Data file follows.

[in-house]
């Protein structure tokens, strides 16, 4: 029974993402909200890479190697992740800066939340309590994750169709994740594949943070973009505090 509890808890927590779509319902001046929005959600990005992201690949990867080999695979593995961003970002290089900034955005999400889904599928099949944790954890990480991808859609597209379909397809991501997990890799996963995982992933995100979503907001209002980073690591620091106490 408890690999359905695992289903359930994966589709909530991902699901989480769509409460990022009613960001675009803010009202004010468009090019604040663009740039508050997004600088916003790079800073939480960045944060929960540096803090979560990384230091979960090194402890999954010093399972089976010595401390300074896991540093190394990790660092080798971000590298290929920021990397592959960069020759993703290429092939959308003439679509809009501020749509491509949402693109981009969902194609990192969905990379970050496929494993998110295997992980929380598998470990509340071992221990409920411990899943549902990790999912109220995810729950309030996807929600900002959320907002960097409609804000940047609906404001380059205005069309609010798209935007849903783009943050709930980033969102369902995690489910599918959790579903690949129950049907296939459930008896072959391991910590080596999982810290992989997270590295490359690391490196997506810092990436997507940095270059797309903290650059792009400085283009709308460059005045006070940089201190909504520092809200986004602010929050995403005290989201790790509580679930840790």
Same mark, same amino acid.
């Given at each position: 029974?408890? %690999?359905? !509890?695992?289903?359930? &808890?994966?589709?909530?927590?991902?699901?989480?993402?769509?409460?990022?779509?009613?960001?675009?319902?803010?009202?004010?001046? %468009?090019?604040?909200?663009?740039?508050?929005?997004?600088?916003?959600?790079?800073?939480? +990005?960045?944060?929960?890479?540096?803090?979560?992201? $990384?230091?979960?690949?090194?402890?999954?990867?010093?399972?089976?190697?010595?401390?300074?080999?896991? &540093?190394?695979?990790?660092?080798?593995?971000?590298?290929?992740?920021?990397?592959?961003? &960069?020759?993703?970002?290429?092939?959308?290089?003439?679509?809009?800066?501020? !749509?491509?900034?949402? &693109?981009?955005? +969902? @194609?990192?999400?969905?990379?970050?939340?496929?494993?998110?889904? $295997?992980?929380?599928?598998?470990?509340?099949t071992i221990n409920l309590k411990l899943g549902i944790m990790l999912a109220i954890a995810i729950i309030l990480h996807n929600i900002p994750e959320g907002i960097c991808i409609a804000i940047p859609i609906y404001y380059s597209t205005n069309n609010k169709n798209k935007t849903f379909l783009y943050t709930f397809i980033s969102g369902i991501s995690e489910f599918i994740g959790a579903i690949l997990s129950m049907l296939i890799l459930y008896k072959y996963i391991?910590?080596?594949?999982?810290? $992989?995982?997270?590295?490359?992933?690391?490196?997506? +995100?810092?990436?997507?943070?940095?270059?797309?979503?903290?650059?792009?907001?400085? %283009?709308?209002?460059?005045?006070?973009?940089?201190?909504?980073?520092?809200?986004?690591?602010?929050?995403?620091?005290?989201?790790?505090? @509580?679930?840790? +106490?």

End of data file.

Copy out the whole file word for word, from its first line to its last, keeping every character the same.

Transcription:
[in-house]
């Protein structure tokens, strides 16, 4: 029974993402909200890479190697992740800066939340309590994750169709994740594949943070973009505090 509890808890927590779509319902001046929005959600990005992201690949990867080999695979593995961003970002290089900034955005999400889904599928099949944790954890990480991808859609597209379909397809991501997990890799996963995982992933995100979503907001209002980073690591620091106490 408890690999359905695992289903359930994966589709909530991902699901989480769509409460990022009613960001675009803010009202004010468009090019604040663009740039508050997004600088916003790079800073939480960045944060929960540096803090979560990384230091979960090194402890999954010093399972089976010595401390300074896991540093190394990790660092080798971000590298290929920021990397592959960069020759993703290429092939959308003439679509809009501020749509491509949402693109981009969902194609990192969905990379970050496929494993998110295997992980929380598998470990509340071992221990409920411990899943549902990790999912109220995810729950309030996807929600900002959320907002960097409609804000940047609906404001380059205005069309609010798209935007849903783009943050709930980033969102369902995690489910599918959790579903690949129950049907296939459930008896072959391991910590080596999982810290992989997270590295490359690391490196997506810092990436997507940095270059797309903290650059792009400085283009709308460059005045006070940089201190909504520092809200986004602010929050995403005290989201790790509580679930840790």
Same mark, same amino acid.
């Given at each position: 029974?408890? %690999?359905? !509890?695992?289903?359930? &808890?994966?589709?909530?927590?991902?699901?989480?993402?769509?409460?990022?779509?009613?960001?675009?319902?803010?009202?004010?001046? %468009?090019?604040?909200?663009?740039?508050?929005?997004?600088?916003?959600?790079?800073?939480? +990005?960045?944060?929960?890479?540096?803090?979560?992201? $990384?230091?979960?690949?090194?402890?999954?990867?010093?399972?089976?190697?010595?401390?300074?080999?896991? &540093?190394?695979?990790?660092?080798?593995?971000?590298?290929?992740?920021?990397?592959?961003? &960069?020759?993703?970002?290429?092939?959308?290089?003439?679509?809009?800066?501020? !749509?491509?900034?949402? &693109?981009?955005? +969902? @194609?990192?999400?969905?990379?970050?939340?496929?494993?998110?889904? $295997?992980?929380?599928?598998?470990?509340?099949t071992i221990n409920l309590k411990l899943g549902i944790m990790l999912a109220i954890a995810i729950i309030l990480h996807n929600i900002p994750e959320g907002i960097c991808i409609a804000i940047p859609i609906y404001y380059s597209t205005n069309n609010k169709n798209k935007t849903f379909l783009y943050t709930f397809i980033s969102g369902i991501s995690e489910f599918i994740g959790a579903i690949l997990s129950m049907l296939i890799l459930y008896k072959y996963i391991?910590?080596?594949?999982?810290? $992989?995982?997270?590295?490359?992933?690391?490196?997506? +995100?810092?990436?997507?943070?940095?270059?797309?979503?903290?650059?792009?907001?400085? %283009?709308?209002?460059?005045?006070?973009?940089?201190?909504?980073?520092?809200?986004?690591?602010?929050?995403?620091?005290?989201?790790?505090? @509580?679930?840790? +106490?």